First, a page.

While this blog tries to maintain an even keel between serious archaeology and flooded human lives (our rivers have been very high this week and it was, despite blight, insightful to see many palaeo-lakes reforming in the Yorkshire countryside), there is a debate—quite a serious one—around Mesolithic mobility and territories in the north of England.
Did we span east and west across the Pennine watershed backbone? Did we span north and south back in the post-glacial? How does Wolds, Lincolnshire and Trent flint find its way up to Northumberland, and Pennine chert to the uplands of eastern England (North York Moors)? These journeys were greater than 100km through dense Holocene forests, river valleys, lakelands and uplands. At an estimated 0.01 persons per kilometre, how did reproductive relations within a heathy “gene pool” happen, and where? Did they? Was there aggregation—and if there was, where, how and by what social means and context? Can we find evidence? Are the “persistent places” in the Pennines and North York Moors evocative of the gathering of communities, or simply the familiar places revisited by small groups over several millenia?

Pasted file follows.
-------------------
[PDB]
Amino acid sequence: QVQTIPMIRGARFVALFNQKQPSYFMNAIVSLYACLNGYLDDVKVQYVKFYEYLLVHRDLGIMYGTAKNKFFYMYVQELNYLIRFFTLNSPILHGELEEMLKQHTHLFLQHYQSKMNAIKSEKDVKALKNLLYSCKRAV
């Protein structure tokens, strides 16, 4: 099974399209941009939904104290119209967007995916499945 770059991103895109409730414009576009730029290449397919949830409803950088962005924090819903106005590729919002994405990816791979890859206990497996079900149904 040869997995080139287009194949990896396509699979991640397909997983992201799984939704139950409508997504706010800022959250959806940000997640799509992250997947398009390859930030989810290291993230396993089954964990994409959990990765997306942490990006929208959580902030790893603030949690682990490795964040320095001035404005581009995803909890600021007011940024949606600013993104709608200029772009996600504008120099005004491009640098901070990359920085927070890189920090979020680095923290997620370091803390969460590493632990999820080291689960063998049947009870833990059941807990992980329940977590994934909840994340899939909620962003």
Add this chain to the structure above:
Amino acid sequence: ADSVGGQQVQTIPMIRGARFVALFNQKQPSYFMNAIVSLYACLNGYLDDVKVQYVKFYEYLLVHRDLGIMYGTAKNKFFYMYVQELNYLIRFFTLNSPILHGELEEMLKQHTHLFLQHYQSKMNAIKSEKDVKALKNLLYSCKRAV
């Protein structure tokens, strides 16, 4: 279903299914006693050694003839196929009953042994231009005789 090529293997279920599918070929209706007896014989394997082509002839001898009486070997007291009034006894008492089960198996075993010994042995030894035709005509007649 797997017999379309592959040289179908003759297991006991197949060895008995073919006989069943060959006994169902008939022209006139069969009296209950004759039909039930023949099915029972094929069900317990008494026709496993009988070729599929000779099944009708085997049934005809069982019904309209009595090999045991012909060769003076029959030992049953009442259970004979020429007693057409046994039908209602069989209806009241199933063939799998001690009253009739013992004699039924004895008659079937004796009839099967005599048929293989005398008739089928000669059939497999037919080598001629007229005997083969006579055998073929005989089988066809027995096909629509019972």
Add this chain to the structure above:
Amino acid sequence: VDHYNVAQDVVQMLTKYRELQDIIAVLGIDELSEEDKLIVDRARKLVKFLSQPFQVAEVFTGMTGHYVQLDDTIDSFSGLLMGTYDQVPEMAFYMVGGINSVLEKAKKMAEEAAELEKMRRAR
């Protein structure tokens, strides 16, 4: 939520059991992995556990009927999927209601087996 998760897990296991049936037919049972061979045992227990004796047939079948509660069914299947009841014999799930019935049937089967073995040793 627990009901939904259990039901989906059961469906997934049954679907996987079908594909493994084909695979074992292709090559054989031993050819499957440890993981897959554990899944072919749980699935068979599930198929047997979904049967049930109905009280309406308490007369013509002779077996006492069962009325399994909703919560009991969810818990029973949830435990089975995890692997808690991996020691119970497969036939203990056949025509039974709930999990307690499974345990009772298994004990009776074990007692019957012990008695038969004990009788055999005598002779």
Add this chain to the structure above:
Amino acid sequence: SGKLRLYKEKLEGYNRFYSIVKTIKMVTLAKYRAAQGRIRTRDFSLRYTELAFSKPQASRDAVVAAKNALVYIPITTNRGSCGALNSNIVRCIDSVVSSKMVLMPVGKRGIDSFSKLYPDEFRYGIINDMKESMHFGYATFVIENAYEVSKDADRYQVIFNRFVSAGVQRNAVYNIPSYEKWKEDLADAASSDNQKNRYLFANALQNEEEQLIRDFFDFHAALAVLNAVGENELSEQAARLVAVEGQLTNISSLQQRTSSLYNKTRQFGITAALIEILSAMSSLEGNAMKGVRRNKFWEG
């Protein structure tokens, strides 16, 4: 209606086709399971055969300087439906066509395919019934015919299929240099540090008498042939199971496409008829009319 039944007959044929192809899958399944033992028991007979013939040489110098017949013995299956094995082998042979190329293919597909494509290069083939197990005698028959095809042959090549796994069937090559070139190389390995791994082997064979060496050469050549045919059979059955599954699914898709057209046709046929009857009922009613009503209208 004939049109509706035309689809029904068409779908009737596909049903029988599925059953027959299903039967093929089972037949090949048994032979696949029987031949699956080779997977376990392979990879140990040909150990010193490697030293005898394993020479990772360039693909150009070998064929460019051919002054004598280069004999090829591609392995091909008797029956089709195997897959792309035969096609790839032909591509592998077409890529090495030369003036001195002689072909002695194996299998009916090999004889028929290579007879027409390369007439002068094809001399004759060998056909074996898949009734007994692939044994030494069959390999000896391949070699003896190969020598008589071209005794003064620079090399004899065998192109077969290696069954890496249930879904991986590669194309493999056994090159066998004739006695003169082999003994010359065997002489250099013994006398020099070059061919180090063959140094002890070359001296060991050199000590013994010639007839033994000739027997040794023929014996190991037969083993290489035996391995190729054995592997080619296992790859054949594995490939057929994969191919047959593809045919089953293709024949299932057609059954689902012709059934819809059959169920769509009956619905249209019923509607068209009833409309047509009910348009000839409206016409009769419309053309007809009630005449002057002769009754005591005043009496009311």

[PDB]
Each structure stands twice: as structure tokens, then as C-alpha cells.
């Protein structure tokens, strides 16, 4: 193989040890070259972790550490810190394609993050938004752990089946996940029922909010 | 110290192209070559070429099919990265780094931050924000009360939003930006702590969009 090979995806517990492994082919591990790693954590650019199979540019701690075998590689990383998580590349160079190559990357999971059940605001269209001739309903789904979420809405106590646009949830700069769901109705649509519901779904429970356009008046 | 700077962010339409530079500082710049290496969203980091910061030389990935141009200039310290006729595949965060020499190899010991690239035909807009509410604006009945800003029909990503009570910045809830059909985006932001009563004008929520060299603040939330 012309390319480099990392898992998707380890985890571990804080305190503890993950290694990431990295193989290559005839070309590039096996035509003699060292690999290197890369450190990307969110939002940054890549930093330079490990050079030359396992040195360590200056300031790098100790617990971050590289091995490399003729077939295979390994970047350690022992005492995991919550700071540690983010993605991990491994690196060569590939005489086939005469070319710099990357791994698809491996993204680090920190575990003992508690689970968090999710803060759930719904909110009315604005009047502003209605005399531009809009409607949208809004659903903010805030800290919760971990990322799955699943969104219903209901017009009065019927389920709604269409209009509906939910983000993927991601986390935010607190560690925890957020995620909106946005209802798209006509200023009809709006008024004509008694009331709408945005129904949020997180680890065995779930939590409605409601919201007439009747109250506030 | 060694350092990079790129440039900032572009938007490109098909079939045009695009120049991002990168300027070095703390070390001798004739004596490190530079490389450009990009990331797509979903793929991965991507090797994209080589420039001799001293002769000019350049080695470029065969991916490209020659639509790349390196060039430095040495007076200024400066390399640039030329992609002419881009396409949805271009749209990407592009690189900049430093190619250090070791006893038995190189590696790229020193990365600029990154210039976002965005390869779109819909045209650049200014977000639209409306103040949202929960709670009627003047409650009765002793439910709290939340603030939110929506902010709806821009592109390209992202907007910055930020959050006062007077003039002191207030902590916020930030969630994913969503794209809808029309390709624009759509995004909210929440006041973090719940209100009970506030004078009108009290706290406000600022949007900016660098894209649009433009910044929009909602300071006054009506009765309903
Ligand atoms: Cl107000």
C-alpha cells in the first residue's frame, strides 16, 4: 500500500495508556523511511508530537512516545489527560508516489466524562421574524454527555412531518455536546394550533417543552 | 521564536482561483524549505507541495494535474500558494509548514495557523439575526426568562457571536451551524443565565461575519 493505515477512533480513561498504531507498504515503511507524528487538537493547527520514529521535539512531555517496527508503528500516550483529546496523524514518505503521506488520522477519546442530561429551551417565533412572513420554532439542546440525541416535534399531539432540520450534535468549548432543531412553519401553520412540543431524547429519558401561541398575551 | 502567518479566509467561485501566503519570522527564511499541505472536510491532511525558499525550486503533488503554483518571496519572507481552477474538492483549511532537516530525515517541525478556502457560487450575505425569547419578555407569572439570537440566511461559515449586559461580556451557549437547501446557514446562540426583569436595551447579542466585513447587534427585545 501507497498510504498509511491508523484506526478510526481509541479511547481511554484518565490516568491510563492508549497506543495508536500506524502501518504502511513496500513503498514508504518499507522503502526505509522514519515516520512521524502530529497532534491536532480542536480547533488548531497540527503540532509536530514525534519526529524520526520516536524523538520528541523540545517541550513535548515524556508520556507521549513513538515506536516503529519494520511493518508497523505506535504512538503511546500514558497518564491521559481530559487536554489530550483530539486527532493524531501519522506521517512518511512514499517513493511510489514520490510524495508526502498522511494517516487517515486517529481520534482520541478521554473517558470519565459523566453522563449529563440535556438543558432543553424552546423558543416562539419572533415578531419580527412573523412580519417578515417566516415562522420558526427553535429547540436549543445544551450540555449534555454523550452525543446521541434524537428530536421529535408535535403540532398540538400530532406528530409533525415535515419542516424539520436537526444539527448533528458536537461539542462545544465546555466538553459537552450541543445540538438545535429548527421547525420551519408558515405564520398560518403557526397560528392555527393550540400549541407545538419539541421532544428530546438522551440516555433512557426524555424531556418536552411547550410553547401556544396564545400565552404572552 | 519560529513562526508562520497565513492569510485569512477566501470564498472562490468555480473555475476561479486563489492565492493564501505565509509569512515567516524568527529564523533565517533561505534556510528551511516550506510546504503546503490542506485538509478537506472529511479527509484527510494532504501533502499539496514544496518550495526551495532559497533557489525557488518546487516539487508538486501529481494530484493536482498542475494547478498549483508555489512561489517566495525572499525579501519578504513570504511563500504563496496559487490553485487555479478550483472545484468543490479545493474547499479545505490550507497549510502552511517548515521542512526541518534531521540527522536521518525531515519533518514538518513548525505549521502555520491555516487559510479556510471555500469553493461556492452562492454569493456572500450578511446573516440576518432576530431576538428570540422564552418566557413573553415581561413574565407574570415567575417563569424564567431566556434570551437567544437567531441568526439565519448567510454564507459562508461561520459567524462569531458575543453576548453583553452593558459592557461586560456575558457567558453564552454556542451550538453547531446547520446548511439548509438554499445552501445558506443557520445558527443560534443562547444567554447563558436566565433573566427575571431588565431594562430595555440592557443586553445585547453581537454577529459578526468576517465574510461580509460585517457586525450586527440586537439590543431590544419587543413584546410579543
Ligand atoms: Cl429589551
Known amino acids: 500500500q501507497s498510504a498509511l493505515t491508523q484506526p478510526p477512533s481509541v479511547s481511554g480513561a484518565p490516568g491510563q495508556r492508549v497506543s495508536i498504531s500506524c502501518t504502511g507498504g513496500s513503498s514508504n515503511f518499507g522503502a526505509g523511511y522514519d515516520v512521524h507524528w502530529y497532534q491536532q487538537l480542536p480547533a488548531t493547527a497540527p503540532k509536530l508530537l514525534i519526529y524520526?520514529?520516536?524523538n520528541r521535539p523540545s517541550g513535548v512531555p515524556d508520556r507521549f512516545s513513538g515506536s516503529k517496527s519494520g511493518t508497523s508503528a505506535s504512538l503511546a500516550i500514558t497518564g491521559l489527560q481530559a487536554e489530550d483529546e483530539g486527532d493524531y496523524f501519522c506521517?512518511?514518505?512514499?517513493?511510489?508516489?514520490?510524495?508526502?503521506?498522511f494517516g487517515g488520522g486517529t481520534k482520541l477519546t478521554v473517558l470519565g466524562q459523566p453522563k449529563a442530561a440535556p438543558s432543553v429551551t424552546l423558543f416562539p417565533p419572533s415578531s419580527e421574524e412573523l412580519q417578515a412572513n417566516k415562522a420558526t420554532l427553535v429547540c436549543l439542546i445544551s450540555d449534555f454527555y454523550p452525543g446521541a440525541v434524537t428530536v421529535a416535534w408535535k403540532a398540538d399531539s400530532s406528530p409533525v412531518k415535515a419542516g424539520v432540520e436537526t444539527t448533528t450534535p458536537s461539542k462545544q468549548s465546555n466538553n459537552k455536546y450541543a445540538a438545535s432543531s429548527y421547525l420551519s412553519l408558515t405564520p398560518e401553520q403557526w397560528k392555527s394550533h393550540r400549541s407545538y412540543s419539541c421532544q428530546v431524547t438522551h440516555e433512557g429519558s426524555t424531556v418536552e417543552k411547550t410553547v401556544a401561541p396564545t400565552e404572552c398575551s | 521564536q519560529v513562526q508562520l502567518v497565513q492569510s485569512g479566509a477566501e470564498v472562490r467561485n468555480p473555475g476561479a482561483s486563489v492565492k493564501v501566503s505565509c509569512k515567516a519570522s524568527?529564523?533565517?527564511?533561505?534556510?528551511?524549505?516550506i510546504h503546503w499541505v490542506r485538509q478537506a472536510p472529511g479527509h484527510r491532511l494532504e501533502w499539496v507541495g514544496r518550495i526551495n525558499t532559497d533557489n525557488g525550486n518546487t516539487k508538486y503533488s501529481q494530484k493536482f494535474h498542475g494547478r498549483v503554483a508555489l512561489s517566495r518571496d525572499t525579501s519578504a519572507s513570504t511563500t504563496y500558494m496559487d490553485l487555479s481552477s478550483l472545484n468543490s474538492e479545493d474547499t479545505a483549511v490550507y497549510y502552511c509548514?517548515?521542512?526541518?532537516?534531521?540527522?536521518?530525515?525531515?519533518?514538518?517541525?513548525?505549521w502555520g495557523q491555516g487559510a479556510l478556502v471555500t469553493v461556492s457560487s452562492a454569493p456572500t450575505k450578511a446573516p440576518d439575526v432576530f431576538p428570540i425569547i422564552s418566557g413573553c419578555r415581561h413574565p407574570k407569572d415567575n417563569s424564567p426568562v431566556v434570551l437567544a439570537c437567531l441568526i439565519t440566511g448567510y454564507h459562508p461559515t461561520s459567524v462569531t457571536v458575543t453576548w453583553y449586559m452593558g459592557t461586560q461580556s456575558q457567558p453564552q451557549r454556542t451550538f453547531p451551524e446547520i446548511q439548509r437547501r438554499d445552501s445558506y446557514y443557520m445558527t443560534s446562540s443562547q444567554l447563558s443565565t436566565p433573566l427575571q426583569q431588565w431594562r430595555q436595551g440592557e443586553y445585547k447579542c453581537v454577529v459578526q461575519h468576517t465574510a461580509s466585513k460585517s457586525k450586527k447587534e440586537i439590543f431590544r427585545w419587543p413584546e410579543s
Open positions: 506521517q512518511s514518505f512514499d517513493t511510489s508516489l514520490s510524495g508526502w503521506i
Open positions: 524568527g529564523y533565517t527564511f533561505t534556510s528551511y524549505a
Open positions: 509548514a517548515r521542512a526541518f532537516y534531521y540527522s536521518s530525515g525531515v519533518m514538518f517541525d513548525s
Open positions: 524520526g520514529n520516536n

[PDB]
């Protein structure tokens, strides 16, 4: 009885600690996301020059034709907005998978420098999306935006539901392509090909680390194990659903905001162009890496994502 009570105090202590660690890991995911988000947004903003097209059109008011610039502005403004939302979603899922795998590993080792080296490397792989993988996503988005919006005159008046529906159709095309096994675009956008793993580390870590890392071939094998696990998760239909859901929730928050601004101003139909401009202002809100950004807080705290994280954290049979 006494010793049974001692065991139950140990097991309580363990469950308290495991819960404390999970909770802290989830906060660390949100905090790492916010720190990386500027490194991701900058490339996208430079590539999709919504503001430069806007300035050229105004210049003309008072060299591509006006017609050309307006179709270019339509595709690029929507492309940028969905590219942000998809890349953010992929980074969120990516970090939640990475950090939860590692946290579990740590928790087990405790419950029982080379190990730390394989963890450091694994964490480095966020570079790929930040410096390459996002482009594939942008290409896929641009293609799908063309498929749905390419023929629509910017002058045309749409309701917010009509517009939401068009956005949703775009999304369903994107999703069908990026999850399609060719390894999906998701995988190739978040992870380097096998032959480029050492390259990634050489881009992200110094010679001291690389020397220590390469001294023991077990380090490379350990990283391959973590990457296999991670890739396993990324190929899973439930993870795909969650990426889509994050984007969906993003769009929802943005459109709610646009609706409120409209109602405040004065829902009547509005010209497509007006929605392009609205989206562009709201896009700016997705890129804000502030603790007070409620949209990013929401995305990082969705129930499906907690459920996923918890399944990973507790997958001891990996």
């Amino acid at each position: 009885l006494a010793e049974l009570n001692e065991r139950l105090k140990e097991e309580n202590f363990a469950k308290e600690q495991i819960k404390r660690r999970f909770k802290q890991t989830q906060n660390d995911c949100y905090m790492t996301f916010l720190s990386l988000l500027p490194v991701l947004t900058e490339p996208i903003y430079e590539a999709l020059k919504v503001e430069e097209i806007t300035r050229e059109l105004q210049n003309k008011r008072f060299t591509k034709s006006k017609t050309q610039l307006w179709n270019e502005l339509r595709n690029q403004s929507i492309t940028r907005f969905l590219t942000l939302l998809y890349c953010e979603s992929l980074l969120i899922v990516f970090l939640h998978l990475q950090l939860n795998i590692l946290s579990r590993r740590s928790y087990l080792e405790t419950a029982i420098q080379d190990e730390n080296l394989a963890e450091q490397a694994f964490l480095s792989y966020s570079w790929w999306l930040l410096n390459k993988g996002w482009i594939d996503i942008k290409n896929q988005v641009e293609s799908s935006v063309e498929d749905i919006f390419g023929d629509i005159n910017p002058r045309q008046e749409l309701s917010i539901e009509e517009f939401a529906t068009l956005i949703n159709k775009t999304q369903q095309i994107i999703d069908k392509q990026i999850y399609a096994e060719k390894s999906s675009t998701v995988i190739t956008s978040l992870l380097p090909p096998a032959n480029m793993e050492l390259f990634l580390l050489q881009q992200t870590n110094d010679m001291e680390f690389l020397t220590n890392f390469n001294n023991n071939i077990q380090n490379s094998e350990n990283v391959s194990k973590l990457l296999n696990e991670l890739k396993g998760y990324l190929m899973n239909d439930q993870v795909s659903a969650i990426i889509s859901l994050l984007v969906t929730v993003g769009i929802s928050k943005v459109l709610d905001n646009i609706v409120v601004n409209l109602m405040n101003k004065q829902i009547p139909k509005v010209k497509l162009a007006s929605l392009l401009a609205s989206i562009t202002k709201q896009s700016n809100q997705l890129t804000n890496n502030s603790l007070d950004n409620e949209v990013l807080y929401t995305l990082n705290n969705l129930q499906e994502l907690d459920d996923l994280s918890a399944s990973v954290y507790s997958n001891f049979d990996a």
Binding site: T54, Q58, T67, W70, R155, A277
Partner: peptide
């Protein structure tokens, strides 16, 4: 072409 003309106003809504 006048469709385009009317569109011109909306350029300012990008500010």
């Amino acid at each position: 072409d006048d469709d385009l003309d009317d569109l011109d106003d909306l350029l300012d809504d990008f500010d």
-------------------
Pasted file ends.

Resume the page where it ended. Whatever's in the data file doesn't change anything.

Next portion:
While you chew over these para-anomolies, please find humour in these case studies:
We are… North Yorkshire’s oldest national park, 554 square miles of magical moorland, ancient woodland, distinctive dales and historic sites, including 26 miles of stunning coastline, all easily reached from York, Teesside and County Durham. Read about our work here, and then pay us a visit – you can’t miss us, we’re the moors north of York!